I have been lucky enough to be offered an opportunity to review copy of "Grow Your food for Free , Well almost- great money Saving Ideas for your Garden" By Dave Hamilton. Those not familiar with Dave's work need to acquaint yourself forthwith. I first encountered him through his website Selfsufficient-ish which has lots of interesting articles and the most practical, down to earth good humoured, no nonsense bunch of people I have ever encountered using the forum. I have learned an awful lot from the forum and glean much inspiration from it and I am a big fan of Dave's previous book "the Self Sufficient-ish Bible" which he wrote with his brother Andy (also of the fame). It sits snugly next to my copy of Alys Fowler's Thrifty Gardener and I like to think they take tea together when I am sleeping...back to Dave's book!  The title pretty much lays it out there as to what it is all about- it is a guide to saving money whilst growing your own food!

There is a danger when releasing a book such as "Grow Your Food for Free" that a lot of the subject matter will be a rehash of previous work and although there are similarities in the layout and illustrative style as well as subject matter there is a definite "Dave-ishness" which shines through, the book is written in a conversational, personable style and Dave's personality is present in all of his splendid ideas which manage successfully to avoid cloning the "Bible". Charming illustrations by Ellie Mains, many showing useful practical things such as how to dismantle pallets and how to build insect hotels as well as being lovely decorations, are a good foil for the photographs and build on the friendly manner throughout the book .

When reading gardening books written by Northern hemisphere authors there is often a confusement (my own word, it seems like everyone has their own words these days) in my head as I try to switch it all around in my brain for us Australians and then just go onto Selfsufficientish forum and ask someone to figure it out for me. I didn't feel at all confused by "Grow your Food for Free..." as the advice is set out in seasons and I find it directly applicable to our Tasmanian seasons (it might not be so useful for those in far North Queensland or NT but what do you expect living all the way up there with no proper seasons?). Here in Tasmania we have many of the same wild food and weeds about the place as in the UK so I found much wisdom regarding the use of weeds and foraging which I plan to put into action very shortly if I can get past all our ripe blackberries!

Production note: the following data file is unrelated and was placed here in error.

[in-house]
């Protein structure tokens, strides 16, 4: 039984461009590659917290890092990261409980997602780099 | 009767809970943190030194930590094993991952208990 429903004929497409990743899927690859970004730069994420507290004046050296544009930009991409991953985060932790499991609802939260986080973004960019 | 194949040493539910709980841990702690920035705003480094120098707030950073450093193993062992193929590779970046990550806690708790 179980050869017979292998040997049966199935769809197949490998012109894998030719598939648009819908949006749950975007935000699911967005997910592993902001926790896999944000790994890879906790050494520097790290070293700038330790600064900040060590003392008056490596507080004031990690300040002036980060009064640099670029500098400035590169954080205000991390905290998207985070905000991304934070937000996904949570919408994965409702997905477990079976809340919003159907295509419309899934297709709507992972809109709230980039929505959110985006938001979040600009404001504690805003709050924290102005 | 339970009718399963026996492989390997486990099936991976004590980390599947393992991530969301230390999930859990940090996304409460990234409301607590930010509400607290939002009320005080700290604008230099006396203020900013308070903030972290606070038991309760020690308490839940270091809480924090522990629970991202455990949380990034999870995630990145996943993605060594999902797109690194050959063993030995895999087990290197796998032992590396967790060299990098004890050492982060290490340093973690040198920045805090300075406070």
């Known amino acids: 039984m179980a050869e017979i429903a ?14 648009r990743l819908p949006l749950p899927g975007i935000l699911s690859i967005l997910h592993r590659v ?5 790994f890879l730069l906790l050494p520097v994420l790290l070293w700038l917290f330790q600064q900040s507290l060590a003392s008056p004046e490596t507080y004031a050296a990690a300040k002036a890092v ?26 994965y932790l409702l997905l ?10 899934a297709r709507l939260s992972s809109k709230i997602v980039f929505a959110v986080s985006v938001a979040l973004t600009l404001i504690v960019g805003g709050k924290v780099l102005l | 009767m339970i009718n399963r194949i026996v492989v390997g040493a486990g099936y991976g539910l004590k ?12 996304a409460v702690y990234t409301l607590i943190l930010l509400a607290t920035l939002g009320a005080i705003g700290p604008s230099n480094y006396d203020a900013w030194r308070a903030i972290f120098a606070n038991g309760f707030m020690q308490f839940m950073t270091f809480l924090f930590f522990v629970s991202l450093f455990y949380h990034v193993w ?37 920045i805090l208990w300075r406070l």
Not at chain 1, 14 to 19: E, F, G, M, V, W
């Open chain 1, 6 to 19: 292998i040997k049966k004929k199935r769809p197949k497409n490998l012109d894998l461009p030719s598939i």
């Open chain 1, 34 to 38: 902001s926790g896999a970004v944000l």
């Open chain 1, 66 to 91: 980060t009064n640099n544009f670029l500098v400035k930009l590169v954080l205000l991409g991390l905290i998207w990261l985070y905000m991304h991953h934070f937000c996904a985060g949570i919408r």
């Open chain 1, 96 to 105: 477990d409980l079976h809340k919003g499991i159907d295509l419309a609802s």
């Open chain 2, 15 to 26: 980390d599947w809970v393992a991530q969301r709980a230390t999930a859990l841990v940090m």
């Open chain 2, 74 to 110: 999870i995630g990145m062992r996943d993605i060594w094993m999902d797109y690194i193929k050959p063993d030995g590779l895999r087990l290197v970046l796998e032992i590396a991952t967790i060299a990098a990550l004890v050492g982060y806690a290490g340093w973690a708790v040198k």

Making paths, ponds, cloches and raised beds are all covered and very clear, foraging, working with the plot you have, recycling, what not to use in the garden and just about everything you might find helpful is covered, the book is not full of fluffy fillers but good quality practical advice without being at all dry.

The physical feel of the book is good too, whilst the Selfsufficient-ish Bible is a weighty (if somewhat floppy- I have the paperback) tome, a copy of "Grow Your Food for Free.." can be easily carted around with you and is easy to flick through time and time again (and it is printed on recycled paper using vegetable inks).

 All in all anyone who is interested in a self sufficient lifestyle in an urban setting and wants to grow food for minimal cost and enjoys being creative (which I know is all of my readers and anyone whose blog I read also!) would do well to have a copy of this lovely and useful book on their shelf, the tips contained within would more than offset the purchase price!

"Grow your Food for Free, Well Almost" is printed by Greenbooks UK (on recycled paper using vegetable inks) available through many good book shops in Australia.